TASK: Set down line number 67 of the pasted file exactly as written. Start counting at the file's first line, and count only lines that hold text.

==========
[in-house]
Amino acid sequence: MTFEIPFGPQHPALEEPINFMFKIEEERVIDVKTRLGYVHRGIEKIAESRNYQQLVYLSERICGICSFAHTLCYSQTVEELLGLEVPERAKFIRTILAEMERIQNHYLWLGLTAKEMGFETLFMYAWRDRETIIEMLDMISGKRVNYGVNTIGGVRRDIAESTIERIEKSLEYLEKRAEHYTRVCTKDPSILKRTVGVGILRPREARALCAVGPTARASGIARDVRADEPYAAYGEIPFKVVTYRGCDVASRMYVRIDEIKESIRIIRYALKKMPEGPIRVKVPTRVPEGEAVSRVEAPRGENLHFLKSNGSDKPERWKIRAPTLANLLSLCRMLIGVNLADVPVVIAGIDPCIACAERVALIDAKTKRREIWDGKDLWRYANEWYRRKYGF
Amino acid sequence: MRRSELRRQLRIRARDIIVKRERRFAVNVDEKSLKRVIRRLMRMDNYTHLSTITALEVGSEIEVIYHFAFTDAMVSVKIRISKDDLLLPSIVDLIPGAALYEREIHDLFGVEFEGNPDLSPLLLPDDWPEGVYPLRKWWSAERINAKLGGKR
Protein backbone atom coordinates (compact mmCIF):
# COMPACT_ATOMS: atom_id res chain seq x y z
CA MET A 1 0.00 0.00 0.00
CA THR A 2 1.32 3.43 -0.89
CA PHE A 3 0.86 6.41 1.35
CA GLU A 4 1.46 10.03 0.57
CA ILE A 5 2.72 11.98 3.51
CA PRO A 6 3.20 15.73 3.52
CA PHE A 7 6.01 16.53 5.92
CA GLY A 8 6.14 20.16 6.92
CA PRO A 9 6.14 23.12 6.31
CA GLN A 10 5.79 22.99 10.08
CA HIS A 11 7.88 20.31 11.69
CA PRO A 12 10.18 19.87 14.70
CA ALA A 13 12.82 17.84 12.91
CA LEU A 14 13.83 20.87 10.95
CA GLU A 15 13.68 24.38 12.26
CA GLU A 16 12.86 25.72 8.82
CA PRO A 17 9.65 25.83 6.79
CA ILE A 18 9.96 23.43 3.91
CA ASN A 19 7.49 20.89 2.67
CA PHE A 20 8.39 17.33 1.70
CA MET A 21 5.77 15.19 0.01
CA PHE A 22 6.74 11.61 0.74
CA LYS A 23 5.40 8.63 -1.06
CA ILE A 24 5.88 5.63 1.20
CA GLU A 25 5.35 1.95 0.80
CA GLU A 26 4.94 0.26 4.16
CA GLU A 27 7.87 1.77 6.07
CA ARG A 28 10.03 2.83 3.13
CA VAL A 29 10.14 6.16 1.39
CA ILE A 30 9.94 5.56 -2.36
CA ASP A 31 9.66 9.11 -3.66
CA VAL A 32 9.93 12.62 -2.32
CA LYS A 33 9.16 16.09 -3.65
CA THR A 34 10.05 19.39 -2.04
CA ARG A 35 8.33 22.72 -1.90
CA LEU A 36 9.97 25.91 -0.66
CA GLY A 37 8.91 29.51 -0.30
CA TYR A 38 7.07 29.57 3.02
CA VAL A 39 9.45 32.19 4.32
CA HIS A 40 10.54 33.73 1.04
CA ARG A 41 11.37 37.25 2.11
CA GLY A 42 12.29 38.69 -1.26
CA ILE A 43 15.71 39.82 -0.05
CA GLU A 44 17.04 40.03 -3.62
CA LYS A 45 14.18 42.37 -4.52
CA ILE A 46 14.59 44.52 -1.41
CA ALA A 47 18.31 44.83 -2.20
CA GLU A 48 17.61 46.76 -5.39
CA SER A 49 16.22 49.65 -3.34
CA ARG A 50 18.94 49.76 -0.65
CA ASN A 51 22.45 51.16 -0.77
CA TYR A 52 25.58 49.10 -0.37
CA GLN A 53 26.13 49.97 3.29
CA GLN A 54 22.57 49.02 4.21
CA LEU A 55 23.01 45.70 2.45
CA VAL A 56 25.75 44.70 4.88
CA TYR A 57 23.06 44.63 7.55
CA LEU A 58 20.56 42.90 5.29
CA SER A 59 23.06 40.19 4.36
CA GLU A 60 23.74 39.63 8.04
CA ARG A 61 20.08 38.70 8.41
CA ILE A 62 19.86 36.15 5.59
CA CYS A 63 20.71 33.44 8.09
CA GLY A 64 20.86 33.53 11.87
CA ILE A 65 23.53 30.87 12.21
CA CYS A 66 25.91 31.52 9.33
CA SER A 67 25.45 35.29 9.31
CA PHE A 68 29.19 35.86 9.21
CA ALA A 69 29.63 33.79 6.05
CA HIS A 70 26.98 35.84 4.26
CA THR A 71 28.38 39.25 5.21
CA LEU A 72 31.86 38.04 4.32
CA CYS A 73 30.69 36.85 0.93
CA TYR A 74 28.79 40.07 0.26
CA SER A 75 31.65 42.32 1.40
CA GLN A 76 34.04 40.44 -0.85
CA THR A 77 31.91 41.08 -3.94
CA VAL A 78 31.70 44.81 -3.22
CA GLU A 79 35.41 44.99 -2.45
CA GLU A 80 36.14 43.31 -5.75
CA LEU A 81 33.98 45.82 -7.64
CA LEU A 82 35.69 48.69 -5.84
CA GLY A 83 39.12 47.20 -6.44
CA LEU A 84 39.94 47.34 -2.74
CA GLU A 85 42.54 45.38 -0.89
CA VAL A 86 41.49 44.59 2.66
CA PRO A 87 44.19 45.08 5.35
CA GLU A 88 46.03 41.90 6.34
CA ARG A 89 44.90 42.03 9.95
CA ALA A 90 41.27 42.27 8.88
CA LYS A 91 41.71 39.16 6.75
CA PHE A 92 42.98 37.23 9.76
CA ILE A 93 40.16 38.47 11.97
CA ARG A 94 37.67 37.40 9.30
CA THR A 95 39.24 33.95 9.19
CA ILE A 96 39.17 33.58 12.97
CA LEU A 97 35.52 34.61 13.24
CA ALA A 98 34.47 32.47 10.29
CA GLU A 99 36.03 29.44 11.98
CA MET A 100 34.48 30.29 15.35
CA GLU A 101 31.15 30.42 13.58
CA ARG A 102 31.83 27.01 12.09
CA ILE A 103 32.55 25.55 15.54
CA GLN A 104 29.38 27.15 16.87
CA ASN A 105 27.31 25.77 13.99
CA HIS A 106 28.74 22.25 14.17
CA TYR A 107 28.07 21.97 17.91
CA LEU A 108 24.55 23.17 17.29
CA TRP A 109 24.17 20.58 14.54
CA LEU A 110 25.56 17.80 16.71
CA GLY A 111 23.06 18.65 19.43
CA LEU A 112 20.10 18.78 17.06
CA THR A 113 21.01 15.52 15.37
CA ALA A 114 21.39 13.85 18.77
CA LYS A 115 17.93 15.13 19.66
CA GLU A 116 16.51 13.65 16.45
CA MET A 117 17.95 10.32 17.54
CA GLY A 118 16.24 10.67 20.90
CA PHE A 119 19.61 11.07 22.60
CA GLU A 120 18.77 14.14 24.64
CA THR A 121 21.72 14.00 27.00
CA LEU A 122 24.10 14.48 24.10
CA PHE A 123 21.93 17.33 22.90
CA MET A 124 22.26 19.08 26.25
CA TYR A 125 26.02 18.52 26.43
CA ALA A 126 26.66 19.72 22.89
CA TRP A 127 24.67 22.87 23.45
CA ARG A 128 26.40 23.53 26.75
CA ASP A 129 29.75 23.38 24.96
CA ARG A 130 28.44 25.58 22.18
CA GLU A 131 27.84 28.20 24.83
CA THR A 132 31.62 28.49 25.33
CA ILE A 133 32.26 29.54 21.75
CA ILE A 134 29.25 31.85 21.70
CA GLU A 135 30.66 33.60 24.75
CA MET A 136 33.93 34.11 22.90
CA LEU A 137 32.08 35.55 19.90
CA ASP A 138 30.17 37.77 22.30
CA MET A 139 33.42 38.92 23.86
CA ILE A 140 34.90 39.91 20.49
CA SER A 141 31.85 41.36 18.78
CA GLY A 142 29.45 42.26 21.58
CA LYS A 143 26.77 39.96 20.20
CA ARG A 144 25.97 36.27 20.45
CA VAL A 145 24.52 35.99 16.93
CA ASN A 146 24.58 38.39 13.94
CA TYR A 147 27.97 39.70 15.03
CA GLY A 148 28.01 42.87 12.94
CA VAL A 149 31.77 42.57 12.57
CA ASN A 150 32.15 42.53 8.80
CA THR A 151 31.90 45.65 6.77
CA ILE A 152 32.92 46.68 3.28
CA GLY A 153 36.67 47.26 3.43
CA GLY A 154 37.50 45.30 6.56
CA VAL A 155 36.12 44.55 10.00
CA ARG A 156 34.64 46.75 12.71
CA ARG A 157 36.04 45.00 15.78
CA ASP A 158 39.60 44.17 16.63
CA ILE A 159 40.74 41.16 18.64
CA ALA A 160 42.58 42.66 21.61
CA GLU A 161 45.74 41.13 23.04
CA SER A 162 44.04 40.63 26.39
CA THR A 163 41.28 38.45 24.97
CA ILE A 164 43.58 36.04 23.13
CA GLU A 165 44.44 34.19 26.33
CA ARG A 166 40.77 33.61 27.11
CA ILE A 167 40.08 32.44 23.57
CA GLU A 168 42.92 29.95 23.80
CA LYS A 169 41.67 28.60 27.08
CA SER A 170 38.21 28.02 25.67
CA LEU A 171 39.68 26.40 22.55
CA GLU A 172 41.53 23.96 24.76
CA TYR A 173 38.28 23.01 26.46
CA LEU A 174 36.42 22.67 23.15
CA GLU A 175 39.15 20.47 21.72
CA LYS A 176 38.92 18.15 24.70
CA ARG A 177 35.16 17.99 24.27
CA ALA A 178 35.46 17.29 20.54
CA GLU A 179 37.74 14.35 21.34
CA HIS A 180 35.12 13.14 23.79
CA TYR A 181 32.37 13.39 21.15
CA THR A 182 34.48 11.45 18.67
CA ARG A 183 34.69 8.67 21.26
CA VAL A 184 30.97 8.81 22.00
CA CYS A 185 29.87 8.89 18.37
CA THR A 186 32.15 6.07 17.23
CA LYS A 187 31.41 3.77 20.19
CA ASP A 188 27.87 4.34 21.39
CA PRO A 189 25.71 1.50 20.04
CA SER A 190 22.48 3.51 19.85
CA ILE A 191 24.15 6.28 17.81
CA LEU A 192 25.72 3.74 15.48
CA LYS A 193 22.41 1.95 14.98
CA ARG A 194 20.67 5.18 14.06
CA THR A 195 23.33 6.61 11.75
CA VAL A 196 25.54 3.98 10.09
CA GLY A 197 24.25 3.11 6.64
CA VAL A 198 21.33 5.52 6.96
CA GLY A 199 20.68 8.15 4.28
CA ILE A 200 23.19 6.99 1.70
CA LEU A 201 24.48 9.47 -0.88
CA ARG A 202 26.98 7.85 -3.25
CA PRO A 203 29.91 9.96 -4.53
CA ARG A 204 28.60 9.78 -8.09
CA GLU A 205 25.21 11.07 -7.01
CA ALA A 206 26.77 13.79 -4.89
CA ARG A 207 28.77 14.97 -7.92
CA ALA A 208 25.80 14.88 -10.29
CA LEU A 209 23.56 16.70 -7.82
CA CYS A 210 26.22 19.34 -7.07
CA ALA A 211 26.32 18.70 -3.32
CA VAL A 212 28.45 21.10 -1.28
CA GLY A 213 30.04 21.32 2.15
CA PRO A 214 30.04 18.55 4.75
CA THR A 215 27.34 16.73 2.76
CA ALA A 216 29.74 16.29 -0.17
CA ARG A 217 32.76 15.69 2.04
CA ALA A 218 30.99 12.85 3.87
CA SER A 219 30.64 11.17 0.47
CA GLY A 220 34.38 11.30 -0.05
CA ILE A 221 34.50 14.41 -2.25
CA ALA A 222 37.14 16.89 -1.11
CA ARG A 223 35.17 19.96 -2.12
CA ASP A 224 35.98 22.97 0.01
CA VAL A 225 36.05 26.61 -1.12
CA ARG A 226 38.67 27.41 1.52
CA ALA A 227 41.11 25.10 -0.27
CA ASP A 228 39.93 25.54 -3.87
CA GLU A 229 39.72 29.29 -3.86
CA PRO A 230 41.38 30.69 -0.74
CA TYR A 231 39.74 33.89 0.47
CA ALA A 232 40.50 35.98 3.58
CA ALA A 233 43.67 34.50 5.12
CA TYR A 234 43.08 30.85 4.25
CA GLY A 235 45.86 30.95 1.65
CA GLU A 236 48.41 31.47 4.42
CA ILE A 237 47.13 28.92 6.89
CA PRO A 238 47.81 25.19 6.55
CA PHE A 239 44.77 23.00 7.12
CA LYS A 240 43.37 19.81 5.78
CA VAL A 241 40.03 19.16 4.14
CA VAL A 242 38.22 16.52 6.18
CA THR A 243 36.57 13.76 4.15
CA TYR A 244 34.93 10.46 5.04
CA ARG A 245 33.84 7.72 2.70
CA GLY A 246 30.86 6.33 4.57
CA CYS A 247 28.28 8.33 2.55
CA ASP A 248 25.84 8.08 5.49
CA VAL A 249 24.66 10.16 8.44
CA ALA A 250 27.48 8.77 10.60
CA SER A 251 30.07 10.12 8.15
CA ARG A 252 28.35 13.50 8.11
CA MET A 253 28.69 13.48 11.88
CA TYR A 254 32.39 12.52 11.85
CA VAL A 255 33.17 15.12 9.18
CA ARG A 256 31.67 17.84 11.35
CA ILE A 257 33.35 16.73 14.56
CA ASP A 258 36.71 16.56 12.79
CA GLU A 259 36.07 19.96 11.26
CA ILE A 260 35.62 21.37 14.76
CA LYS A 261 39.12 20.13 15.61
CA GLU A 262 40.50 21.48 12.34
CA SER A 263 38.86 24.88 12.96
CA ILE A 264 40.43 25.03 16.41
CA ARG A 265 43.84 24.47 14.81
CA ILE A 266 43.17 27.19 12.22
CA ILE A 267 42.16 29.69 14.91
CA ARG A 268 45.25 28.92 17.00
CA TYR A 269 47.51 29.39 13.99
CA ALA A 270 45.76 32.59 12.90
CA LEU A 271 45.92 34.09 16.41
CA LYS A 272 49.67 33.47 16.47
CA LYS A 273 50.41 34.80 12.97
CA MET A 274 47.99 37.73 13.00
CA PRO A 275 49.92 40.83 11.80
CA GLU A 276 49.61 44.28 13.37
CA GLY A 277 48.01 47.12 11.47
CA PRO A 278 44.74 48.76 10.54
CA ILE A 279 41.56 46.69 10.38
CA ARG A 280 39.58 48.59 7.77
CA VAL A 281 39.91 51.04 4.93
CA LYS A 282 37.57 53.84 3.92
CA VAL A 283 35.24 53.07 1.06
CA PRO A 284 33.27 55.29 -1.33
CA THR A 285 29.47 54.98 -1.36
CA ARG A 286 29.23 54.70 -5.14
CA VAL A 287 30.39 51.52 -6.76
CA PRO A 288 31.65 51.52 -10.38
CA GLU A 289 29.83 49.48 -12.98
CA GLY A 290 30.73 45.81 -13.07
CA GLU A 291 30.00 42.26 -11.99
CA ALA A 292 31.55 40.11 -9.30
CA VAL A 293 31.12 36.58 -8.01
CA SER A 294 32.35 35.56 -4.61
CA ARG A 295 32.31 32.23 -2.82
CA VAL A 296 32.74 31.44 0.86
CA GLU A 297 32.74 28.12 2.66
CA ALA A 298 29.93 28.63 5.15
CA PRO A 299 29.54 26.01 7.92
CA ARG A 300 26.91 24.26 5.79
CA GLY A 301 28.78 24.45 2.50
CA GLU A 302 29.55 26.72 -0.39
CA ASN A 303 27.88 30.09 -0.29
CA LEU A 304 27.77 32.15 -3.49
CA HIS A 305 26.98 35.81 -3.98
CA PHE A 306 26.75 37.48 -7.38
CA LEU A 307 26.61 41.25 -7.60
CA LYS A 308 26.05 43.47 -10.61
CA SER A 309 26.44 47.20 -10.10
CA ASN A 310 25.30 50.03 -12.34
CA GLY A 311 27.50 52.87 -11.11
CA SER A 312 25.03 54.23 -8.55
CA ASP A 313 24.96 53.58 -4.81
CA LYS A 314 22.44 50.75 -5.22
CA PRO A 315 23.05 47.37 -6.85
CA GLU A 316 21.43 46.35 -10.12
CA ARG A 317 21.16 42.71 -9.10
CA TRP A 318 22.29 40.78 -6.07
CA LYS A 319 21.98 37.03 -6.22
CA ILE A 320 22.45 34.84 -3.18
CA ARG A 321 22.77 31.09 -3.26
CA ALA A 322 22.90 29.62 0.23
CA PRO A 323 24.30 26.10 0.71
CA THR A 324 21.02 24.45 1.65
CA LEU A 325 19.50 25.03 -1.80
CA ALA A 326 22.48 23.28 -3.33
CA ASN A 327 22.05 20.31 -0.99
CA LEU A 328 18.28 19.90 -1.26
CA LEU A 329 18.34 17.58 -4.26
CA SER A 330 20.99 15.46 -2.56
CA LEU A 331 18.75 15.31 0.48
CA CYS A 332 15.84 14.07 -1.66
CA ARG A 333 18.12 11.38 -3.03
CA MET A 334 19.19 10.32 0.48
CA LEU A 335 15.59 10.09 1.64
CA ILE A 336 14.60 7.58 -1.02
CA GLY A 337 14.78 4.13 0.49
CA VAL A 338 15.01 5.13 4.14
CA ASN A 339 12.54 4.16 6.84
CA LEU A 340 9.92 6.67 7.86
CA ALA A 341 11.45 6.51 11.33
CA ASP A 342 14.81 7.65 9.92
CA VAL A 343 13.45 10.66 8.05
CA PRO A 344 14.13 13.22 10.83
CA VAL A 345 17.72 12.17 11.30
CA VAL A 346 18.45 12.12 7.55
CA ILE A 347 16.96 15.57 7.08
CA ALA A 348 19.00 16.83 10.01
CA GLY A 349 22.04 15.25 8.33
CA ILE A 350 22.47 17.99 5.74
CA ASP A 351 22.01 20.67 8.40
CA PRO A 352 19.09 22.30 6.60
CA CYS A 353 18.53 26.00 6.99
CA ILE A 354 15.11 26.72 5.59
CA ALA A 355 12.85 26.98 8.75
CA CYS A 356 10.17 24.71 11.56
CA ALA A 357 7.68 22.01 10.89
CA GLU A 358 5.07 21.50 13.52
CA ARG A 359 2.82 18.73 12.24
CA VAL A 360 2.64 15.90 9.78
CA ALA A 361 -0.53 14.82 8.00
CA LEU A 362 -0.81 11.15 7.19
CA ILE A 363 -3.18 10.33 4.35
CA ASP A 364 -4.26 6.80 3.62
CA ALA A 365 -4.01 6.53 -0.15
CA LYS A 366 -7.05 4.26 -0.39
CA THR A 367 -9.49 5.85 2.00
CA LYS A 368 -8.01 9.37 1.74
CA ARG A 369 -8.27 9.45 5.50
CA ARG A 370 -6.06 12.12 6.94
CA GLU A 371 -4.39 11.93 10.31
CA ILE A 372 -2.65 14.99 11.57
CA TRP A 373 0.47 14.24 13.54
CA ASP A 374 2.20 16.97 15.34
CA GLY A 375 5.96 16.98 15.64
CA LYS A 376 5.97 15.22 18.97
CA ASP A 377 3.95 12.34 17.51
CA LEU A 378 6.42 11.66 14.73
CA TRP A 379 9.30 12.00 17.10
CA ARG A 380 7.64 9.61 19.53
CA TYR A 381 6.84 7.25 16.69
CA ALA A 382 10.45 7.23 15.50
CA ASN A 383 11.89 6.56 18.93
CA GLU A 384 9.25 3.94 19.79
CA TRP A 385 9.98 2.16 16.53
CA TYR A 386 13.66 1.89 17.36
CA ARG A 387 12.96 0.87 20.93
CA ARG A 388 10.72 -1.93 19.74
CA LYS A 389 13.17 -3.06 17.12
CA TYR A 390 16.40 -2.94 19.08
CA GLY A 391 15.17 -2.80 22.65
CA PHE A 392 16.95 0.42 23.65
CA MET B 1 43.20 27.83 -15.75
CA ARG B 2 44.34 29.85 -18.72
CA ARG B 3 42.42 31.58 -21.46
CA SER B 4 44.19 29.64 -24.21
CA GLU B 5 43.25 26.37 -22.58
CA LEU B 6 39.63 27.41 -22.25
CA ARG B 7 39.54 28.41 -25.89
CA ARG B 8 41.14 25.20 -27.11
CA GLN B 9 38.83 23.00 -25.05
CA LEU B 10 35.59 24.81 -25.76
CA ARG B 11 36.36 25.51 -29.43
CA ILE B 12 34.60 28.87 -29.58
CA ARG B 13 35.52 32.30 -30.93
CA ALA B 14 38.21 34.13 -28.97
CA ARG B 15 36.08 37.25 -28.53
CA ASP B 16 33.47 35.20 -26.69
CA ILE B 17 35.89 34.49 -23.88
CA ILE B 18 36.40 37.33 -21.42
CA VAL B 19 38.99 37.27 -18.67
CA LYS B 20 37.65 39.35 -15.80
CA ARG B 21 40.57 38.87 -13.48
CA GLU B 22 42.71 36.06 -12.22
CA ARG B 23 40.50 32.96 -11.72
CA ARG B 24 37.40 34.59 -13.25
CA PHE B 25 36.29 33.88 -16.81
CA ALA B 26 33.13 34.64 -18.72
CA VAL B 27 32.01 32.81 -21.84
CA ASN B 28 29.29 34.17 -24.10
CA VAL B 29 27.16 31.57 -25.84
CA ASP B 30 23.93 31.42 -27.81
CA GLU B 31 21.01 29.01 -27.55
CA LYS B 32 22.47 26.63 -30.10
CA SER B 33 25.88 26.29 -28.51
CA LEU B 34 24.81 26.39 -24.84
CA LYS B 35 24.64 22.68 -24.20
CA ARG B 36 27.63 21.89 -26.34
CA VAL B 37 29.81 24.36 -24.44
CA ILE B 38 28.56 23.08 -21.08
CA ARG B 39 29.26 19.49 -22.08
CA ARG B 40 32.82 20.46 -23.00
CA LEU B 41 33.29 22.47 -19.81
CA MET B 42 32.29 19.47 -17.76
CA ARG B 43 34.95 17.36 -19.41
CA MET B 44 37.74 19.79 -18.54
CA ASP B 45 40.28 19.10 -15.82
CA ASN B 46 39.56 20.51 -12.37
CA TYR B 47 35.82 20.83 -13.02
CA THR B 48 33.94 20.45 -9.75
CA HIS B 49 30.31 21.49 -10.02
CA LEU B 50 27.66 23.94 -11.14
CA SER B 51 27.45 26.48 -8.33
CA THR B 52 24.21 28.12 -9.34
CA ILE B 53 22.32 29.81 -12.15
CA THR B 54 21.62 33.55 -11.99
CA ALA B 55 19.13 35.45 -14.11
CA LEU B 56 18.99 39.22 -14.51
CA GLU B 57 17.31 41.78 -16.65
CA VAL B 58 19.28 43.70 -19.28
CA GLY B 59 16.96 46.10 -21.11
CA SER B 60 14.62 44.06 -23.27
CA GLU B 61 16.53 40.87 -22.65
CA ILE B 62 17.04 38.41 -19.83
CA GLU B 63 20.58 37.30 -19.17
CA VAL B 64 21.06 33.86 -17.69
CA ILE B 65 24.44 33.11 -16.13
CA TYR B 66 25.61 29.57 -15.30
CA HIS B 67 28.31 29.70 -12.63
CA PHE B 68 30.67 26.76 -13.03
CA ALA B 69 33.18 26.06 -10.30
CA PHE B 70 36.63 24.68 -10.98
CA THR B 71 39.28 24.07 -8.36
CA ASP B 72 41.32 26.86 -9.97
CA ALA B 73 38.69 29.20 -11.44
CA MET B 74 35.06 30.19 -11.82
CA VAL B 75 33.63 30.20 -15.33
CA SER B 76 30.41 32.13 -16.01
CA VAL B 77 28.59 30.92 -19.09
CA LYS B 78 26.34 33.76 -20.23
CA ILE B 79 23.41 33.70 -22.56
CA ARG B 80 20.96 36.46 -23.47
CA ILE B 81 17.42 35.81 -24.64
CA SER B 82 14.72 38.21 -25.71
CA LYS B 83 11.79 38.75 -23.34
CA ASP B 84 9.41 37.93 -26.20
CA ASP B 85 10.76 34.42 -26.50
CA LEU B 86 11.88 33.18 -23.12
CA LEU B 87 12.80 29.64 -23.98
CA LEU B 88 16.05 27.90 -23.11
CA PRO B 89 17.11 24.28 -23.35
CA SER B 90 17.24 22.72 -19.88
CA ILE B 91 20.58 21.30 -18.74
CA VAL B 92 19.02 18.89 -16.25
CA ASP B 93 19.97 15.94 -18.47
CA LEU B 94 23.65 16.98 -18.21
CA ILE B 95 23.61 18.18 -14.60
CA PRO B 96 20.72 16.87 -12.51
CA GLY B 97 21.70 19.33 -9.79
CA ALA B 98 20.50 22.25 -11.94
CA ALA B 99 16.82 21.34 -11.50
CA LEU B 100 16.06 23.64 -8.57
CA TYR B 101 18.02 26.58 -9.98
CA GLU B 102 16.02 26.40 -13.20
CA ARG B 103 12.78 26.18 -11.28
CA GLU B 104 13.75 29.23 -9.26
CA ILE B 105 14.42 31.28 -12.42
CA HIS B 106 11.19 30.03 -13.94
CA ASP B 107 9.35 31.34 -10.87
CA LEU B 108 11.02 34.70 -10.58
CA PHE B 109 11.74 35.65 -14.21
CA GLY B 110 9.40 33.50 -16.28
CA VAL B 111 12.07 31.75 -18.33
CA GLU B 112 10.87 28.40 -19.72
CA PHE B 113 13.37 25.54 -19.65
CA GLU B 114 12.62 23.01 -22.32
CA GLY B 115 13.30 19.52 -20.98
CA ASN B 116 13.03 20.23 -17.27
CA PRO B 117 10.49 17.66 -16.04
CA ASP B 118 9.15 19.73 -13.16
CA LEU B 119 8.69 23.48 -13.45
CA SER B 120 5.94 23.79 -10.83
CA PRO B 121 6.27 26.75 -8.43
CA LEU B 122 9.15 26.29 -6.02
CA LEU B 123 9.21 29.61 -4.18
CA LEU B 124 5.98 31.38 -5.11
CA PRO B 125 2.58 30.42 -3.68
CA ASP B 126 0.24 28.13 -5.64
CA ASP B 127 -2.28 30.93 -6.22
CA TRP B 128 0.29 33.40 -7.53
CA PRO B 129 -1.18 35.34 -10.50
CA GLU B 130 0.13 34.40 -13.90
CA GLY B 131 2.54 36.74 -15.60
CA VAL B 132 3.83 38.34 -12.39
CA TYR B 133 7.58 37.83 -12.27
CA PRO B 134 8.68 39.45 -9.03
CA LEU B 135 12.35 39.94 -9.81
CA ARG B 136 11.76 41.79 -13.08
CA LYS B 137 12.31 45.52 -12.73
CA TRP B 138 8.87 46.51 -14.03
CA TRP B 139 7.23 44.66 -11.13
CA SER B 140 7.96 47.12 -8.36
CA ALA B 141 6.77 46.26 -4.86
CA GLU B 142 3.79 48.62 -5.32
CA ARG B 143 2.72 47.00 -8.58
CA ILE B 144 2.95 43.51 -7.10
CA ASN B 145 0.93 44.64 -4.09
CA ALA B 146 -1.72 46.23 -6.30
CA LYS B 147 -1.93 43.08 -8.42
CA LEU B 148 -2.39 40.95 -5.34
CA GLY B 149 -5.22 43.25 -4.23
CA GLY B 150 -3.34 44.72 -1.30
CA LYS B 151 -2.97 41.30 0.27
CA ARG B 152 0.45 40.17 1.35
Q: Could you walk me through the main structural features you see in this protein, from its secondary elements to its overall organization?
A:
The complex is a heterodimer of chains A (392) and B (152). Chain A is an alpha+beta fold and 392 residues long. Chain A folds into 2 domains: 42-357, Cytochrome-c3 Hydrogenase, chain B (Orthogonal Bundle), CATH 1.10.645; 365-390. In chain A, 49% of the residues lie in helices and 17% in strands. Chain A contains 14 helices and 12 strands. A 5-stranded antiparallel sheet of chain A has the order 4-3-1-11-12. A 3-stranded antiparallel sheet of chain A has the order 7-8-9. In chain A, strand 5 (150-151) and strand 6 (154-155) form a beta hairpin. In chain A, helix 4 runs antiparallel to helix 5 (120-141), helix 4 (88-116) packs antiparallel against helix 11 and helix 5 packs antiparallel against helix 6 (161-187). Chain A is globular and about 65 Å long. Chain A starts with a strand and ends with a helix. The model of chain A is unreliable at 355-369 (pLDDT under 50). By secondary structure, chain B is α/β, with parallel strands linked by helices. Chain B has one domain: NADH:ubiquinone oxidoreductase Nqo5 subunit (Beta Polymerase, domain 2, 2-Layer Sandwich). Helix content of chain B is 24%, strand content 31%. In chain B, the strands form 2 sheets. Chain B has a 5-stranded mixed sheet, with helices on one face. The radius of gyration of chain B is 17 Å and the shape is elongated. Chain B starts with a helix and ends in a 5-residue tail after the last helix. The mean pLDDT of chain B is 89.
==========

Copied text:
CA ILE A 62 19.86 36.15 5.59